Children, Equality, Disability, Integration and Youth | To ask the Minister for Children; Equality; Disability; Integration and Youth the extent to which the attention of he and his Department has been drawn to children who may be at risk for one reason or another whether in institutions, fosterage or elsewhere
To ask the Minister for Children; Equality; Disability; Integration and Youth the extent to which the attention of he and his Department has been drawn to children who may be at risk for one reason or another whether in institutions, fosterage or elsewhere; if the necessary support services are being made available to ensure that children do not feel isolated or alone; and if he will make a statement on the matter.
Tusla is the statutory body with responsibility for child protection and welfare services. If a child appears to be at risk of harm or neglect, the concerns should be reported to Tusla. Anyone can report a concern about a child to Tusla, and information on how to do so is available on the Tusla website. If a child is at immediate risk or in danger, An Garda Síochána (AGS) should be alerted without delay. Tusla acts urgently on notification of an immediate risk to a child. Children who are in a situation of immediate risk may initially be dealt with by AGS or by Tusla, but in the main both agencies work together in such cases.
Tusla recognise that the best way to improve outcomes for children is to intervene at an early stage to try to resolve problems and prevent harm. A way this can be done is by working with parents and communities to support children at the earliest possible stage. Consequently, Tusla, and its partner agencies, have undertaken a comprehensive suite of early intervention and preventative services. The aim of Tusla’s Prevention Partnership & Family Support (PPFS) Service is to prevent risks to children and young people arising or escalating through early intervention and family support.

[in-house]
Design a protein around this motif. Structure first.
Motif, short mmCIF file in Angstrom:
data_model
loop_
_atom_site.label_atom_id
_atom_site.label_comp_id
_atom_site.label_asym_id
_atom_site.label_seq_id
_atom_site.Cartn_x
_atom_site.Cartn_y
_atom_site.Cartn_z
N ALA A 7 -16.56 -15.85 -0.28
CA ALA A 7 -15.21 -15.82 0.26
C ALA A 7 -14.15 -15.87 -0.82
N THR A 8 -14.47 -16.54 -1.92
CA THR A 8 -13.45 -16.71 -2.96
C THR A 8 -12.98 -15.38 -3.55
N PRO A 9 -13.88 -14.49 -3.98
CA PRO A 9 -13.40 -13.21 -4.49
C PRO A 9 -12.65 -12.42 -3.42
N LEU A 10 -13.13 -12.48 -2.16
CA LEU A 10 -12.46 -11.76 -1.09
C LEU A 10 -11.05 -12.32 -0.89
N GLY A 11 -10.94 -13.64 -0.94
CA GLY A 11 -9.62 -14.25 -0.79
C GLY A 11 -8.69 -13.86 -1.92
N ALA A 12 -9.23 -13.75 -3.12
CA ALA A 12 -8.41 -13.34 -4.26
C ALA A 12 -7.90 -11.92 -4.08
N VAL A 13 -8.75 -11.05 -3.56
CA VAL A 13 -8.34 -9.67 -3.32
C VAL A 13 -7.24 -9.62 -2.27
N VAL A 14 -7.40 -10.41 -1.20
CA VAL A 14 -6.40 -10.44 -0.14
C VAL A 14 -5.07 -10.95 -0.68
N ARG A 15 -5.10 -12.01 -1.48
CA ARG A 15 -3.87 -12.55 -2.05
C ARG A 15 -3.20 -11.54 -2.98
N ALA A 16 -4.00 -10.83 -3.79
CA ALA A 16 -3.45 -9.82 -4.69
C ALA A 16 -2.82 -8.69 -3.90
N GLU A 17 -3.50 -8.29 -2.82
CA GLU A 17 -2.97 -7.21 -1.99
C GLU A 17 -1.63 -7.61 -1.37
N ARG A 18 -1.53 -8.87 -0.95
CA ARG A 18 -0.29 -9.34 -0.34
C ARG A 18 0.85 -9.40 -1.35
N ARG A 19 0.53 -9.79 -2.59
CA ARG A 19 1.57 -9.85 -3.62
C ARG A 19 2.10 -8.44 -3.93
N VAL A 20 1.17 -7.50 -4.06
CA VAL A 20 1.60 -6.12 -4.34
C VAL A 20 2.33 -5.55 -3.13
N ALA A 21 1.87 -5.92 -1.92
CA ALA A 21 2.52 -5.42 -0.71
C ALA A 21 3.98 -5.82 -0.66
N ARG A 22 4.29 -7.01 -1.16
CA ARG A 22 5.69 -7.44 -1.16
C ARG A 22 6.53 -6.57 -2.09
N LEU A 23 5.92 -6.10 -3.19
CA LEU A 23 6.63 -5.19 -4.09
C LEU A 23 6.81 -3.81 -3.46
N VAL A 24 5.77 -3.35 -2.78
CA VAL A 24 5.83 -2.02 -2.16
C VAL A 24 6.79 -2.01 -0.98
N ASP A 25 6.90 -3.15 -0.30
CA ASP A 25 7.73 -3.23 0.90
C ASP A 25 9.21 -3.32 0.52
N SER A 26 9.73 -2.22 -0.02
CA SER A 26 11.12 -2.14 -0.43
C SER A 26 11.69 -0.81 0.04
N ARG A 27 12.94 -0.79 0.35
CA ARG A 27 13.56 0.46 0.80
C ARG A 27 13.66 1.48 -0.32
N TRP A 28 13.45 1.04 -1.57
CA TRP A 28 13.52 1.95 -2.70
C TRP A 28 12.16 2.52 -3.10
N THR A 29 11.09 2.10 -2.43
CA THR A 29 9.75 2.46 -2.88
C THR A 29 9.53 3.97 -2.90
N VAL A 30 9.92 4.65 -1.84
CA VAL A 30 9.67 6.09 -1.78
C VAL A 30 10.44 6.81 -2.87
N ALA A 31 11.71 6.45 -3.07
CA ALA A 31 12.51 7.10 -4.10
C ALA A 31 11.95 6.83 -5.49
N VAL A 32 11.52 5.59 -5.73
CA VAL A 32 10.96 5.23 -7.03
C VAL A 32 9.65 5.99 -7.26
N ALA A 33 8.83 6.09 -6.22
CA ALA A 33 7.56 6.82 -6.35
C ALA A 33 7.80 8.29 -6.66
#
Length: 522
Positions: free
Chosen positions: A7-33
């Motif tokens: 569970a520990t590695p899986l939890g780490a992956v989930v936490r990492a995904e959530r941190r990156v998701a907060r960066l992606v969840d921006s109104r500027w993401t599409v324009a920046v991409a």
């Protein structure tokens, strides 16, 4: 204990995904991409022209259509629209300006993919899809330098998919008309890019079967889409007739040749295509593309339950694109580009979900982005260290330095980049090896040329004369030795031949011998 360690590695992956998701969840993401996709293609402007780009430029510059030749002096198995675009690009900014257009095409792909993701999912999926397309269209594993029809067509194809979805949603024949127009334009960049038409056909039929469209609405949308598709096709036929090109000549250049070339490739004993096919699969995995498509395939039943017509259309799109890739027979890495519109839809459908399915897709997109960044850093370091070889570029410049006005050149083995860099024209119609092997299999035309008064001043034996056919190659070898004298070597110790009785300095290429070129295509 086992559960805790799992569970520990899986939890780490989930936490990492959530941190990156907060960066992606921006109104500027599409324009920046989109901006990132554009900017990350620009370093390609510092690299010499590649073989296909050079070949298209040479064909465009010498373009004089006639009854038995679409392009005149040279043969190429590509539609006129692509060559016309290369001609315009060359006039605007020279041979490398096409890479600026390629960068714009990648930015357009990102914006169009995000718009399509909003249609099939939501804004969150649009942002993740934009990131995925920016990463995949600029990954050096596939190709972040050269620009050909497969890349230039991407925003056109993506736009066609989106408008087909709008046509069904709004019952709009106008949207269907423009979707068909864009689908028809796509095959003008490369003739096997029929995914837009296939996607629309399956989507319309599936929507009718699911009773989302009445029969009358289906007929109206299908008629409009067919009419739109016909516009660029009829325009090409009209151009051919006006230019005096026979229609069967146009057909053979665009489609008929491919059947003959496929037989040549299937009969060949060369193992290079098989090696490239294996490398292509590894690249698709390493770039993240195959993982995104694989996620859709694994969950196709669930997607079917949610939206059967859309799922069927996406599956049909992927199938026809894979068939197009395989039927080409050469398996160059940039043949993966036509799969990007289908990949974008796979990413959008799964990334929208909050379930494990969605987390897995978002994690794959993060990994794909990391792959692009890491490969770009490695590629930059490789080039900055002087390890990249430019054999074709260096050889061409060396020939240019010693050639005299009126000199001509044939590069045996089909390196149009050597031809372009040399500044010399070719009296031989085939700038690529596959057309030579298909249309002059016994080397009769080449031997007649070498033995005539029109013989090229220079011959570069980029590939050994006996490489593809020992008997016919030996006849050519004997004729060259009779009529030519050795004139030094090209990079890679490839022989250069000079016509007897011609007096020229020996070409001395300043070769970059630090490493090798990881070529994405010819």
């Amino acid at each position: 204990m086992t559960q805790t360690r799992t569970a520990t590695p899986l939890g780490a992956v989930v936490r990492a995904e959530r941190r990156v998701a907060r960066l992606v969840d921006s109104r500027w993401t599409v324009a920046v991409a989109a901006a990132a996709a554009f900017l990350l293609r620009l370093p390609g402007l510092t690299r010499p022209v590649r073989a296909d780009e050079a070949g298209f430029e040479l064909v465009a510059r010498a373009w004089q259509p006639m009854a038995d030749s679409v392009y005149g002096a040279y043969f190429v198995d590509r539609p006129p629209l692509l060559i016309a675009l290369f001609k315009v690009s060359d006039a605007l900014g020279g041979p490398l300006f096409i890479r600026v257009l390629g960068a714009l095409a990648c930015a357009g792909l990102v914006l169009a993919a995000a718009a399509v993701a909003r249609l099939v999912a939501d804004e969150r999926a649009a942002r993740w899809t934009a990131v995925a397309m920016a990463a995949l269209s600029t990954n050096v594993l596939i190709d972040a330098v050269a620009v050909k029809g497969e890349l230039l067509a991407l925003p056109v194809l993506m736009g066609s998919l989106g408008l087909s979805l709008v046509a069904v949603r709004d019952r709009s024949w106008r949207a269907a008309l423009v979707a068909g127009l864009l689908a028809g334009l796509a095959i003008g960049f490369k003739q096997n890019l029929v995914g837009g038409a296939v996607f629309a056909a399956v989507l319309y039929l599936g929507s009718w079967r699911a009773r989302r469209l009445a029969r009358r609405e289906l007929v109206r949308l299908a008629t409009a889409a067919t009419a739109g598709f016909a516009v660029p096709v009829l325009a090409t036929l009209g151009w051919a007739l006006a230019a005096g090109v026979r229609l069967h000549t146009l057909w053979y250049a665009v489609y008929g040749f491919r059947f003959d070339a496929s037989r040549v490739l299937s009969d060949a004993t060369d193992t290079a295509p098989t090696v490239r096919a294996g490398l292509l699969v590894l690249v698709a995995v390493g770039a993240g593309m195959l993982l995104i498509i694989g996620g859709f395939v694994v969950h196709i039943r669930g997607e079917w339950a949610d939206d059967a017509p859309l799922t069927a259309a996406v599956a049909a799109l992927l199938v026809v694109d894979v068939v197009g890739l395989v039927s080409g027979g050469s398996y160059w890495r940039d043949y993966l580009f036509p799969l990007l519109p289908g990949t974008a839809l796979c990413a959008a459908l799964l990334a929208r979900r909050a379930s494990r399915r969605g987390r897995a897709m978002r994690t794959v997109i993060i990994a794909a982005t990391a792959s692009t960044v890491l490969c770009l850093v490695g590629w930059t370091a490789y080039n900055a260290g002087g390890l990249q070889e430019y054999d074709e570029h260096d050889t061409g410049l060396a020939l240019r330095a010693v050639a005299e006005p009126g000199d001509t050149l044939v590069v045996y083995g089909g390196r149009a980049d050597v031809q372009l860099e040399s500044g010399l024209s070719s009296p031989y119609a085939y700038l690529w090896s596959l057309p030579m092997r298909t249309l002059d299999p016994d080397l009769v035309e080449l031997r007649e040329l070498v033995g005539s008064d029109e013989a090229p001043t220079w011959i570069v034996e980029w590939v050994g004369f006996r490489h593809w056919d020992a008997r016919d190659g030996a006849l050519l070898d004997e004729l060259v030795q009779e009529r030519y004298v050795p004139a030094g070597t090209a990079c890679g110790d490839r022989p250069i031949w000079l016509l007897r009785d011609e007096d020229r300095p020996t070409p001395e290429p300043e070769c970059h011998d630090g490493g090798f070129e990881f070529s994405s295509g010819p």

The Children First Act 2015 places a number of statutory obligations on specific groups of professionals and on particular organisations providing services to children. Additionally the Children’s First Guidance 2017 includes information on the statutory obligations for those individuals and organisations under the Act. It also sets out the best practice procedures that should be in place for all organisations providing services to children.
With regard to the safety of children in the care of the State, Tusla is committed to promoting safe practice in all areas of alternative care including residential care and foster care. Safe practice is defined as the implementation of appropriate safeguarding measures necessary for working with young people in a manner that acknowledges their need to live in as normal an environment as possible. Regulations govern the placement of children in care. These provide for the welfare of the child, the care practices, care records, accommodation and safety precautions. The Regulations also provide that the allocated social worker oversees the implementation of the child’s care plan, visits the child and consults with family members, foster carers and other people involved with the child to ensure that his or her needs are being met and that the care being provided is optimal.
HIQA carries out announced and unannounced inspections of children’s services including Child Protection and Welfare Services, Foster Care Services, statutory Children’s Residential Centres and Special Care units. HIQA carry out these inspections against Regulations and Standards, by reviewing files on site, interviews and questionnaires with staff and service users and their families. Following an inspection, HIQA share their initial judgements and draft report with the service/area. HIQA then works with the management of the centre or area in order to agree an Action Plan to address any identified deficits. Final reports are published, and are submitted to the Department with the area or service’s Action Plans and are monitored as necessary by DCEDIY officials.
It has been shown that the best environment for most children in care to thrive and reach their potential is best achieved within a foster care placement. Such placements also offer the child a loving and stable environment in which to live. Ireland can be proud of the fact that over 90% of all children in care, reside in foster care, a figure that compares favourably with our European neighbours. In some instances a child’s needs are best met in Residential Care. Residential centres are typically domestic style homes where between 2 to 6 young people are being cared for. Young people in residential centres have an allocated a Key Worker, and their friends and family are free to visit in line with their care plan. Where possible these young people attend local schools and are supported to take part in local sporting and community activities.
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